Originally written for a writing challenge on insanejournal. The prompt: "an unguarded moment"
She didn't storm out in a huff. Of that, at least, she could be proud.
Eve had tried to articulate her points to the best of her ability. Yet she sat back and groaned once the arguing began. Every other meeting had dissolved into arguments and Eve had learned what to expect: harsh words, threats of violence, and her every entreaty for peace met with even more harsh words. She didn't like sitting back and watching them fight but there was little that she could do to stop them. So she rose from the table, grabbed her coat, and walked out of the room. She heard the rustling of feet as she walked down the hall but she refused to look back. It was only after she gave instructions to the elevator operator that she looked up to see Luck Gandor's quizzical expression before her. She shrugged as the door closed between them. Once the elevator began moving, she let out a deep breath. She felt as if she had been holding it in for much too long.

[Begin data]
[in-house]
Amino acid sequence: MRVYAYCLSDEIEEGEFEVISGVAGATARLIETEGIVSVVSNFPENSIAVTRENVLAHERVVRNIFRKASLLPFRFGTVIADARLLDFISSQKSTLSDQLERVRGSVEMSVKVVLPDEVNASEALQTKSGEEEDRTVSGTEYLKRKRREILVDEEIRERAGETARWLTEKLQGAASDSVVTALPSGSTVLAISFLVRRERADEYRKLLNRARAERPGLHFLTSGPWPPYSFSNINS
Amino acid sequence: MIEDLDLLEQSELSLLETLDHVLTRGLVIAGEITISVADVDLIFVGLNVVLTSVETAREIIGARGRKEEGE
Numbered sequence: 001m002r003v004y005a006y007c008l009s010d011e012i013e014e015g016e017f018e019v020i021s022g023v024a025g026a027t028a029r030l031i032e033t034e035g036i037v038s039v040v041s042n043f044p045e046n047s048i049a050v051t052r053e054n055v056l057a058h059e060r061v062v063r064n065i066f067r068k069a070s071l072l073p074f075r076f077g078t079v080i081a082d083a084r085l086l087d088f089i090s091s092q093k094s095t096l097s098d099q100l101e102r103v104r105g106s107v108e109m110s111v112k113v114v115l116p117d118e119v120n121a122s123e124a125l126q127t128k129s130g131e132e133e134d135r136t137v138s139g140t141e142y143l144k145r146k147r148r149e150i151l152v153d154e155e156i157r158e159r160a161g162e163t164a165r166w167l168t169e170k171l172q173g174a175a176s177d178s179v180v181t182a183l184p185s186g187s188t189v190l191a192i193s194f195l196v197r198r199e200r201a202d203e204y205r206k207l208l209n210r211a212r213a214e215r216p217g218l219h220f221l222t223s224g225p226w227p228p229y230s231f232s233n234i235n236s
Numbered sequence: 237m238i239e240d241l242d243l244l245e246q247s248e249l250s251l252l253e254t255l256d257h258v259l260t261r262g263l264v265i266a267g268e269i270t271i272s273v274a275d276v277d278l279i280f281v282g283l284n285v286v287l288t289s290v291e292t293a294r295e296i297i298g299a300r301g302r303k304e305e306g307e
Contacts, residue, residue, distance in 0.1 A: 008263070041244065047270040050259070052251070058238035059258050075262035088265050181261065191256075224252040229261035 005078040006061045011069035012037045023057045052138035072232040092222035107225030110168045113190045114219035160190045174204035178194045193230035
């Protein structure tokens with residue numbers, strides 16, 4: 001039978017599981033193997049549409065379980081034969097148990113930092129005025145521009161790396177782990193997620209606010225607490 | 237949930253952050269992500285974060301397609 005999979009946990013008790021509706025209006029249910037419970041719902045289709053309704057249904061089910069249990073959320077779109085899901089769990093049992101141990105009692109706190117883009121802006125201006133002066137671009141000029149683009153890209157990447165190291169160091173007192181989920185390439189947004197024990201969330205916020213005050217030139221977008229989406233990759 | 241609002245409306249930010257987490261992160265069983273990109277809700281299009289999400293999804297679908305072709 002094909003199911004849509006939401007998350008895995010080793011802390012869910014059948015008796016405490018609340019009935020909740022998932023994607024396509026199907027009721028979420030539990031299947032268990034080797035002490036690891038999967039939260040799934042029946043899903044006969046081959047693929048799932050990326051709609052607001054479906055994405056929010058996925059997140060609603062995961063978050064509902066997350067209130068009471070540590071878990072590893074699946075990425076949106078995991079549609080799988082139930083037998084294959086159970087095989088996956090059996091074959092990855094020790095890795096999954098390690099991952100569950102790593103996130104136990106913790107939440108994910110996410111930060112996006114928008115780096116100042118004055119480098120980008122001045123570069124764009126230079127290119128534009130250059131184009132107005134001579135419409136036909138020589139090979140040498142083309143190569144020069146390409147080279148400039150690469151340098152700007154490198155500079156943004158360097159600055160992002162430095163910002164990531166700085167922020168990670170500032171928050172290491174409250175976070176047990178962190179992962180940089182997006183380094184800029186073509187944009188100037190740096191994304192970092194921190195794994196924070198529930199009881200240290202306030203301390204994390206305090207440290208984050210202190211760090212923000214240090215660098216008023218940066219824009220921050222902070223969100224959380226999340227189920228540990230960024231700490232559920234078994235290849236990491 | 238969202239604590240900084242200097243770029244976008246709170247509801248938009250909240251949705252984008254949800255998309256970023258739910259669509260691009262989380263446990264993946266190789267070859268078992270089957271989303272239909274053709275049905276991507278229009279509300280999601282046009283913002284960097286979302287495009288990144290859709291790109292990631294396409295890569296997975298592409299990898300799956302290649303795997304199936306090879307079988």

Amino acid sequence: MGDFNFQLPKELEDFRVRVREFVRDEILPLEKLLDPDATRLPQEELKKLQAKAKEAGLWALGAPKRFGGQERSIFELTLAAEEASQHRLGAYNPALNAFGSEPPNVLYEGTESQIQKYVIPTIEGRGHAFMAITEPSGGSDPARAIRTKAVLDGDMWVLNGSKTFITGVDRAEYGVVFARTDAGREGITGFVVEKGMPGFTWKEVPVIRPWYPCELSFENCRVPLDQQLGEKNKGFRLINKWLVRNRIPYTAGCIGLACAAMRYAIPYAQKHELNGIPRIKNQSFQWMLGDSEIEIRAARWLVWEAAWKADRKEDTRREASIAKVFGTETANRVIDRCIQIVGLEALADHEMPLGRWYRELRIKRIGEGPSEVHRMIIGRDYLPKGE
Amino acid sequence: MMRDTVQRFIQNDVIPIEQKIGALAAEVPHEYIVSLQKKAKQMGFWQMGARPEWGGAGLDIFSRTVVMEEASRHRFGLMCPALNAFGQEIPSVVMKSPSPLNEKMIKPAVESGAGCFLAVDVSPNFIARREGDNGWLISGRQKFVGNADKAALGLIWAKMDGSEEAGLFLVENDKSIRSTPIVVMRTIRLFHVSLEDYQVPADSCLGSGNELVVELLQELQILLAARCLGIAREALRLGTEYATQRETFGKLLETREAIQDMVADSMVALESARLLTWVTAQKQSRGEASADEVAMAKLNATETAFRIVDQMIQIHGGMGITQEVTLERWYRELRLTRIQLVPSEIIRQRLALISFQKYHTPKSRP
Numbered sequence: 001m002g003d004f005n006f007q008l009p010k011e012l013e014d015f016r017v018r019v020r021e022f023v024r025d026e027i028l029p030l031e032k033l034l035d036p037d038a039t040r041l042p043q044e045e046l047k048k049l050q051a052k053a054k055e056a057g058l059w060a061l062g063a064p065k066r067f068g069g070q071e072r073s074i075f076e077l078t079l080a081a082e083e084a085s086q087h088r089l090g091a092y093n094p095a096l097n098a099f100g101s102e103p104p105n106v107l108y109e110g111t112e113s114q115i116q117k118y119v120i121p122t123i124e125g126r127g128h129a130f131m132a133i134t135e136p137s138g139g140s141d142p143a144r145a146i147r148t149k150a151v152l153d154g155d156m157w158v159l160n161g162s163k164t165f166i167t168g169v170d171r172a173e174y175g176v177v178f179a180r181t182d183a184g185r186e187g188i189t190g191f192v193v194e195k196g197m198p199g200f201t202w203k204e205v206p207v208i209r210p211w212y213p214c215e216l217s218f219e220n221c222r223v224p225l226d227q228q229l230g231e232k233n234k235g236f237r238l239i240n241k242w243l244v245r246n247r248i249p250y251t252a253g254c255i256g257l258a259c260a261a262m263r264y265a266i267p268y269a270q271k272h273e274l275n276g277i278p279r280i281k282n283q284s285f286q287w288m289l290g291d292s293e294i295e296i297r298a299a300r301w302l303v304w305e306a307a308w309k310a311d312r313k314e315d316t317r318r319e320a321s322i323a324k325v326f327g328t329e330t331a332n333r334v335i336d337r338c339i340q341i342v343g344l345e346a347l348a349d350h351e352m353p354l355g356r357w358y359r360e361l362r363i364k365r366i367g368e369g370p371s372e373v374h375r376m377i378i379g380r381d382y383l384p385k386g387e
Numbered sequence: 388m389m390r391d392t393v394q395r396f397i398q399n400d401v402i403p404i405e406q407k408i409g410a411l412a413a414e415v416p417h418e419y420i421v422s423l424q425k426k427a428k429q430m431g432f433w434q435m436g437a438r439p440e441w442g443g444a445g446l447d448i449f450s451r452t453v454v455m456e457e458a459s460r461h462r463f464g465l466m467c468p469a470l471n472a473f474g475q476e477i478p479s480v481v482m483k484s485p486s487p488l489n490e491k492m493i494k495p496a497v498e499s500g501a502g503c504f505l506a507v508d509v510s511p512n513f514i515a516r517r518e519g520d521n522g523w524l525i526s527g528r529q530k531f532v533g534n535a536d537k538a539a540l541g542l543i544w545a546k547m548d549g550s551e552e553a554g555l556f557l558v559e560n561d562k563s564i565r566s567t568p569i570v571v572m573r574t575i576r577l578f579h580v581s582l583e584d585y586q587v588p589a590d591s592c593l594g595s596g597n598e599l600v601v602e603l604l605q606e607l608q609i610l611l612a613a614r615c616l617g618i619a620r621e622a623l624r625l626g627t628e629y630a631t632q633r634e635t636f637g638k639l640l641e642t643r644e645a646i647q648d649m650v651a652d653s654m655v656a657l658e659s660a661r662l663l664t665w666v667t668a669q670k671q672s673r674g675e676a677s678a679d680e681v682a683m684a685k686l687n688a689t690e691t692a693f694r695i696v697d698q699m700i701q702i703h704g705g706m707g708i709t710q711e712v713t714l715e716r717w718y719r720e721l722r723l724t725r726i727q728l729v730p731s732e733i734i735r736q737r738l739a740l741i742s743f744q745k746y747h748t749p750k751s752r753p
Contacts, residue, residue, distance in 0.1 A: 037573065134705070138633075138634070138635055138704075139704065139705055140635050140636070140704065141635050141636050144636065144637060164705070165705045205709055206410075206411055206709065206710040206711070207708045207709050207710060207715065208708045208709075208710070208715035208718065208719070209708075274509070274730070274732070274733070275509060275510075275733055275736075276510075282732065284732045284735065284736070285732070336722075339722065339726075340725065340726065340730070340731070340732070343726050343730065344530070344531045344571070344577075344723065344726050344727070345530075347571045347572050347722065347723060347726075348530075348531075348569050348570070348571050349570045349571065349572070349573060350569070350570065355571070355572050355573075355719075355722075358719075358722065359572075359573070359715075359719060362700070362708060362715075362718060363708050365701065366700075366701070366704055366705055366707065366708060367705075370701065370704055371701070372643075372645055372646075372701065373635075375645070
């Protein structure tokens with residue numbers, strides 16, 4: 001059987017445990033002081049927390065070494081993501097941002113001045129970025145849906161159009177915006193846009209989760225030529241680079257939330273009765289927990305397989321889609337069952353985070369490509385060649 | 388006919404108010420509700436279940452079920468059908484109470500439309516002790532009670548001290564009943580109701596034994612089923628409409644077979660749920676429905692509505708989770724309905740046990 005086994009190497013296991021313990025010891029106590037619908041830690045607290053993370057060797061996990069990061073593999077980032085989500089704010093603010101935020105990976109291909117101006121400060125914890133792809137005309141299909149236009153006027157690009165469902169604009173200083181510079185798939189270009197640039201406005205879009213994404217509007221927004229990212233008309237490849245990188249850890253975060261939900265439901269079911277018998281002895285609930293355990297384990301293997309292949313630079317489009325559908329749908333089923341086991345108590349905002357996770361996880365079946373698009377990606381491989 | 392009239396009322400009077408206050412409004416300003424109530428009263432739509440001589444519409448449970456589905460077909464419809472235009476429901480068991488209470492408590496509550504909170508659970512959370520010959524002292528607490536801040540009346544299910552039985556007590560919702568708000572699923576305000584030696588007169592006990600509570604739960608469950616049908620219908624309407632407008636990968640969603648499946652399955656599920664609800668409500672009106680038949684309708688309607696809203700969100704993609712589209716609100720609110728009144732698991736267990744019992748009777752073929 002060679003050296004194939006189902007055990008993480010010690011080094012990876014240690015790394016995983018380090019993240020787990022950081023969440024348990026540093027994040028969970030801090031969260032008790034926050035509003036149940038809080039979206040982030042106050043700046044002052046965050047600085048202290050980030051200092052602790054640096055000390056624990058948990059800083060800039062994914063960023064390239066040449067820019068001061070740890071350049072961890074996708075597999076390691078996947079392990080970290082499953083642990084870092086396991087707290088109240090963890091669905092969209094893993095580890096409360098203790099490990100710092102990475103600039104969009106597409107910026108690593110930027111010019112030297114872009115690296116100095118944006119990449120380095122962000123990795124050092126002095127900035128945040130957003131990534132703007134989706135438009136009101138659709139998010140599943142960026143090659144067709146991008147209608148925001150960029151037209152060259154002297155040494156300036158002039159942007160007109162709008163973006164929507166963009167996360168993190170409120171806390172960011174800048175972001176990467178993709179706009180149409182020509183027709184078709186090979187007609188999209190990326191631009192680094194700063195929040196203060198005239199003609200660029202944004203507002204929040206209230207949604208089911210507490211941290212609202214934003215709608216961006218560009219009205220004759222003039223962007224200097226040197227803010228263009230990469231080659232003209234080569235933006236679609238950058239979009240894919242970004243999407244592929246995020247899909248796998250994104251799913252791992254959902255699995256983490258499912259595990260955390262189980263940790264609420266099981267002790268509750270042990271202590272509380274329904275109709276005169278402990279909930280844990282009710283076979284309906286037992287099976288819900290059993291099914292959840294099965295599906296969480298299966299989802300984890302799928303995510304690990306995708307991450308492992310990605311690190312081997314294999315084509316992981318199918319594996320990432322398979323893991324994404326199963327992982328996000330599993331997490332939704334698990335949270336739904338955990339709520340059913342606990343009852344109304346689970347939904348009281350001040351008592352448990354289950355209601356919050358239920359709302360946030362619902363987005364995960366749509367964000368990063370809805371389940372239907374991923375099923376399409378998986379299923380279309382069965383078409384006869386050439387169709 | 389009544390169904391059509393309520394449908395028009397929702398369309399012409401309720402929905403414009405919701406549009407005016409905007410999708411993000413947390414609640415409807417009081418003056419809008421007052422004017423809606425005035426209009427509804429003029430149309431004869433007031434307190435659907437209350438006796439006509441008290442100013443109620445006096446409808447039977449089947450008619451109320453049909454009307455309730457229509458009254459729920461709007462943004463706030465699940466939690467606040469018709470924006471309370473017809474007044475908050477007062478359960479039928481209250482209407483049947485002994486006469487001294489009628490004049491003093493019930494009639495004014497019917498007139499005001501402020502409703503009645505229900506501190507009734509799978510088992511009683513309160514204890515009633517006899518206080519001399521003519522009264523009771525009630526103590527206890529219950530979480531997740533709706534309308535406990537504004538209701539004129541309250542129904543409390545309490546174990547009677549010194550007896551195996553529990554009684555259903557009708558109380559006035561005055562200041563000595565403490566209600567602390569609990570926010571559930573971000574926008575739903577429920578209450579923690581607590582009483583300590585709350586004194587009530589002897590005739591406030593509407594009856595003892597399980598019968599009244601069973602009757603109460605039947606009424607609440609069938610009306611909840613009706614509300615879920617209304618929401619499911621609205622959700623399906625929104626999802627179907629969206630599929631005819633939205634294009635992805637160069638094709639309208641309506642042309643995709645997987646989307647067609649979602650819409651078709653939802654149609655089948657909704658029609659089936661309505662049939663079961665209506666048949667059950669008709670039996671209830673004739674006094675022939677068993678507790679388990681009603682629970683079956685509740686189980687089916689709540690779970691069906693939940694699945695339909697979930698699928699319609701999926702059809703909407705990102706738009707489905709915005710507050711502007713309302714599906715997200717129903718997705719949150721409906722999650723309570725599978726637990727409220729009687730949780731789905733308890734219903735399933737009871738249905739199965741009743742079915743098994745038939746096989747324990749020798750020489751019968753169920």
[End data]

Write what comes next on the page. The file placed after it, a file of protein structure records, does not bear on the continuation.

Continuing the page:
She ignored the rolling storm clouds once she hit the street, choosing instead to pull her collar up to her chin and focus her eyes on the ground. She didn't want to accidentally make eye contact with anyone and have to face their unspoken sympathy. But as the rain began to sprinkle the street, she felt foreign eyes settle on her uncovered head. She knew that she was more recognizable since the Genoards had begun formal negotiations with the Gandor family. Would she be recognized? Could she be safe?
Yet she continued on. She mulled over her situation as she strolled: how could she ensure that the merger of families would go off as they all had initially planned? Her frustration with it mounted as the rain began to pick up. She would not have realized how far the weather had deteriorated had the rain not begun to cloud her vision. When she finally looked up, she realized that those few who carried umbrellas were the only ones who populated the sidewalks. She slicked by a lock of sopping hair from her forehead as she scanned the darkened streets. She was nearly as alone as she had wanted to be. But the weather indicated that she couldn't stay that way for too much longer.